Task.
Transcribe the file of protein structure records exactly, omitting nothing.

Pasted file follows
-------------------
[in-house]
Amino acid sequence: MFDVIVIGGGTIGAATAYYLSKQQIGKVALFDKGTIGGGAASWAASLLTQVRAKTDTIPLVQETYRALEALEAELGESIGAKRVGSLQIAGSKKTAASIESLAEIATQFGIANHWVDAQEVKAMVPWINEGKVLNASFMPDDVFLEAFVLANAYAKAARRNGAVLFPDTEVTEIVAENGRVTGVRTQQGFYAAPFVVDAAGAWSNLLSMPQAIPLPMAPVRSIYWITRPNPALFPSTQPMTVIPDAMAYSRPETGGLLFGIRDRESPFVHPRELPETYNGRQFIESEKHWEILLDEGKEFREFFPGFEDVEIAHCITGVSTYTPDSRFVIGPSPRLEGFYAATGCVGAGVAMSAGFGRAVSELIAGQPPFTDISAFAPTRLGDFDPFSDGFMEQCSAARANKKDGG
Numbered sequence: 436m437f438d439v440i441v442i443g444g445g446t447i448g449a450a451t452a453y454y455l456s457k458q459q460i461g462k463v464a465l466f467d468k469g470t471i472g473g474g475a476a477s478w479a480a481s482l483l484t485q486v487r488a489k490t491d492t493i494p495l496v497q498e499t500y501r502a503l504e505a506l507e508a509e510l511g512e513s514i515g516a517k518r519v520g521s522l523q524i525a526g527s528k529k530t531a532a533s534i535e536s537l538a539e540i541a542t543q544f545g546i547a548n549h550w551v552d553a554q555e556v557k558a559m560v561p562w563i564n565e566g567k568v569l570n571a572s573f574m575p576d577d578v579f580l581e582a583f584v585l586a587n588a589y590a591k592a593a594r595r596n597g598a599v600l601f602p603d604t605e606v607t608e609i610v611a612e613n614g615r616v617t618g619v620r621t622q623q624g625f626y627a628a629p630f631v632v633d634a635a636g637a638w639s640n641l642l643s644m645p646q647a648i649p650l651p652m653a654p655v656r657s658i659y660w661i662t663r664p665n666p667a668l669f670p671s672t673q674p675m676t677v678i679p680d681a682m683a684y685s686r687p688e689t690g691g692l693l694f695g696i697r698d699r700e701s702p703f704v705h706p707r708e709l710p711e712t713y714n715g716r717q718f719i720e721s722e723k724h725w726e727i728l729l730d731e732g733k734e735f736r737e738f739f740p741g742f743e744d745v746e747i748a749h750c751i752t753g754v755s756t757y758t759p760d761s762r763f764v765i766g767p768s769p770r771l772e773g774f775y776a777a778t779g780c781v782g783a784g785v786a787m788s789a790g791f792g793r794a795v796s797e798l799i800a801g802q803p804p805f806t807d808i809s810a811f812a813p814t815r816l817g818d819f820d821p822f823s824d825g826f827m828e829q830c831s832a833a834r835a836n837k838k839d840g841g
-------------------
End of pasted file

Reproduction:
[in-house]
Amino acid sequence: MFDVIVIGGGTIGAATAYYLSKQQIGKVALFDKGTIGGGAASWAASLLTQVRAKTDTIPLVQETYRALEALEAELGESIGAKRVGSLQIAGSKKTAASIESLAEIATQFGIANHWVDAQEVKAMVPWINEGKVLNASFMPDDVFLEAFVLANAYAKAARRNGAVLFPDTEVTEIVAENGRVTGVRTQQGFYAAPFVVDAAGAWSNLLSMPQAIPLPMAPVRSIYWITRPNPALFPSTQPMTVIPDAMAYSRPETGGLLFGIRDRESPFVHPRELPETYNGRQFIESEKHWEILLDEGKEFREFFPGFEDVEIAHCITGVSTYTPDSRFVIGPSPRLEGFYAATGCVGAGVAMSAGFGRAVSELIAGQPPFTDISAFAPTRLGDFDPFSDGFMEQCSAARANKKDGG
Numbered sequence: 436m437f438d439v440i441v442i443g444g445g446t447i448g449a450a451t452a453y454y455l456s457k458q459q460i461g462k463v464a465l466f467d468k469g470t471i472g473g474g475a476a477s478w479a480a481s482l483l484t485q486v487r488a489k490t491d492t493i494p495l496v497q498e499t500y501r502a503l504e505a506l507e508a509e510l511g512e513s514i515g516a517k518r519v520g521s522l523q524i525a526g527s528k529k530t531a532a533s534i535e536s537l538a539e540i541a542t543q544f545g546i547a548n549h550w551v552d553a554q555e556v557k558a559m560v561p562w563i564n565e566g567k568v569l570n571a572s573f574m575p576d577d578v579f580l581e582a583f584v585l586a587n588a589y590a591k592a593a594r595r596n597g598a599v600l601f602p603d604t605e606v607t608e609i610v611a612e613n614g615r616v617t618g619v620r621t622q623q624g625f626y627a628a629p630f631v632v633d634a635a636g637a638w639s640n641l642l643s644m645p646q647a648i649p650l651p652m653a654p655v656r657s658i659y660w661i662t663r664p665n666p667a668l669f670p671s672t673q674p675m676t677v678i679p680d681a682m683a684y685s686r687p688e689t690g691g692l693l694f695g696i697r698d699r700e701s702p703f704v705h706p707r708e709l710p711e712t713y714n715g716r717q718f719i720e721s722e723k724h725w726e727i728l729l730d731e732g733k734e735f736r737e738f739f740p741g742f743e744d745v746e747i748a749h750c751i752t753g754v755s756t757y758t759p760d761s762r763f764v765i766g767p768s769p770r771l772e773g774f775y776a777a778t779g780c781v782g783a784g785v786a787m788s789a790g791f792g793r794a795v796s797e798l799i800a801g802q803p804p805f806t807d808i809s810a811f812a813p814t815r816l817g818d819f820d821p822f823s824d825g826f827m828e829q830c831s832a833a834r835a836n837k838k839d840g841g